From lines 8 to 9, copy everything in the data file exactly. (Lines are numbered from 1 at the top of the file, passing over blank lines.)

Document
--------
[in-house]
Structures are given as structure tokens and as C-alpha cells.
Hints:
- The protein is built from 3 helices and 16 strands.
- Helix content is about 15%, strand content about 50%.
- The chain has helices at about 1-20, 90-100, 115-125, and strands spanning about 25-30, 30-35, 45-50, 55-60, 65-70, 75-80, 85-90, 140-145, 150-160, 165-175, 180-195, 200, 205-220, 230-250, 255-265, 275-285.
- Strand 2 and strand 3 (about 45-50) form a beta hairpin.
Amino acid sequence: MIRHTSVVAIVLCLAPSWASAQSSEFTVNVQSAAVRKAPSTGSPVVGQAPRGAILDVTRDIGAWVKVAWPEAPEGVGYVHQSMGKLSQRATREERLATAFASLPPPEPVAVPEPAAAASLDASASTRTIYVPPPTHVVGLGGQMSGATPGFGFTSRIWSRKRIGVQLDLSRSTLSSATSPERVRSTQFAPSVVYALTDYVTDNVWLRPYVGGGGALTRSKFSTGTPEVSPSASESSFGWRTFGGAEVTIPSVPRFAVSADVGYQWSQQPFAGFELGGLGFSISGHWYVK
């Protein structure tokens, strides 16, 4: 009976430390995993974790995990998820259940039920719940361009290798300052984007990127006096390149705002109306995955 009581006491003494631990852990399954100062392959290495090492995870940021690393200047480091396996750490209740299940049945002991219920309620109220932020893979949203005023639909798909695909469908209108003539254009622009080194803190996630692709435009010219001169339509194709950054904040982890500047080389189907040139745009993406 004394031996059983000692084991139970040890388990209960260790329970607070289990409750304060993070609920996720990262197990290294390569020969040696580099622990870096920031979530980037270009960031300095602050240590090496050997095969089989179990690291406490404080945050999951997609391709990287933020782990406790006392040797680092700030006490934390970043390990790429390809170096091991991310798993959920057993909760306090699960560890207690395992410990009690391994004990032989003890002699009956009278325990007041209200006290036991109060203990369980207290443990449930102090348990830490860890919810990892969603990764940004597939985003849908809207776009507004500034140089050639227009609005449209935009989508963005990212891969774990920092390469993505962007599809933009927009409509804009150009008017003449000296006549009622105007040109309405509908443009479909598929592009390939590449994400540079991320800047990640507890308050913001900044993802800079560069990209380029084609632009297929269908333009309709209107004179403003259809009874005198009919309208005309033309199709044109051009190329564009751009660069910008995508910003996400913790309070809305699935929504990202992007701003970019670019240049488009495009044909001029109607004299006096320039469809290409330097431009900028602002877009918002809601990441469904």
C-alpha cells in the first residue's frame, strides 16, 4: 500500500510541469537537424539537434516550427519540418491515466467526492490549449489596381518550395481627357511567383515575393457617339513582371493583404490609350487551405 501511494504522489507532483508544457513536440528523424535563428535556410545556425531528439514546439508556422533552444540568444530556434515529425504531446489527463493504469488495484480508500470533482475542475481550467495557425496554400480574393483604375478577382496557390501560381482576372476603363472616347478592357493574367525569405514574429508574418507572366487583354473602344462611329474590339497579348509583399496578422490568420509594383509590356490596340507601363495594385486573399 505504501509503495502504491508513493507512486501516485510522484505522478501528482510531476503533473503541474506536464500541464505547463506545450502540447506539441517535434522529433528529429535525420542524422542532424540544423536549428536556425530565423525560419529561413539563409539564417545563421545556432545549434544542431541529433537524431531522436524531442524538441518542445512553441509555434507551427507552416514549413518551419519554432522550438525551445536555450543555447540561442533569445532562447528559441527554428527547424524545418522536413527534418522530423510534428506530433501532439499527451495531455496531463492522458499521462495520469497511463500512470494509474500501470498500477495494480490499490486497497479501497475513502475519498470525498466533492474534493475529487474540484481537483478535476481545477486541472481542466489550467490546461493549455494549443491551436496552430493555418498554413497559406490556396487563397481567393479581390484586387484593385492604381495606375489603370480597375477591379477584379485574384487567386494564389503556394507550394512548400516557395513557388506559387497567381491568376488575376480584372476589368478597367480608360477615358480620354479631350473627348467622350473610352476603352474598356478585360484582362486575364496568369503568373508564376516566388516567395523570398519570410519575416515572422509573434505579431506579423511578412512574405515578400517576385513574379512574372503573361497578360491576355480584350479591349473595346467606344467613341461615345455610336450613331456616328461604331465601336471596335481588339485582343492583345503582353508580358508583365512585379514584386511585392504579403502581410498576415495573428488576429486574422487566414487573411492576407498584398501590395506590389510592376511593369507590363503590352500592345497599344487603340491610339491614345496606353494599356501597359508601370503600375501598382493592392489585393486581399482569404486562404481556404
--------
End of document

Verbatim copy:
Amino acid sequence: MIRHTSVVAIVLCLAPSWASAQSSEFTVNVQSAAVRKAPSTGSPVVGQAPRGAILDVTRDIGAWVKVAWPEAPEGVGYVHQSMGKLSQRATREERLATAFASLPPPEPVAVPEPAAAASLDASASTRTIYVPPPTHVVGLGGQMSGATPGFGFTSRIWSRKRIGVQLDLSRSTLSSATSPERVRSTQFAPSVVYALTDYVTDNVWLRPYVGGGGALTRSKFSTGTPEVSPSASESSFGWRTFGGAEVTIPSVPRFAVSADVGYQWSQQPFAGFELGGLGFSISGHWYVK
């Protein structure tokens, strides 16, 4: 009976430390995993974790995990998820259940039920719940361009290798300052984007990127006096390149705002109306995955 009581006491003494631990852990399954100062392959290495090492995870940021690393200047480091396996750490209740299940049945002991219920309620109220932020893979949203005023639909798909695909469908209108003539254009622009080194803190996630692709435009010219001169339509194709950054904040982890500047080389189907040139745009993406 004394031996059983000692084991139970040890388990209960260790329970607070289990409750304060993070609920996720990262197990290294390569020969040696580099622990870096920031979530980037270009960031300095602050240590090496050997095969089989179990690291406490404080945050999951997609391709990287933020782990406790006392040797680092700030006490934390970043390990790429390809170096091991991310798993959920057993909760306090699960560890207690395992410990009690391994004990032989003890002699009956009278325990007041209200006290036991109060203990369980207290443990449930102090348990830490860890919810990892969603990764940004597939985003849908809207776009507004500034140089050639227009609005449209935009989508963005990212891969774990920092390469993505962007599809933009927009409509804009150009008017003449000296006549009622105007040109309405509908443009479909598929592009390939590449994400540079991320800047990640507890308050913001900044993802800079560069990209380029084609632009297929269908333009309709209107004179403003259809009874005198009919309208005309033309199709044109051009190329564009751009660069910008995508910003996400913790309070809305699935929504990202992007701003970019670019240049488009495009044909001029109607004299006096320039469809290409330097431009900028602002877009918002809601990441469904």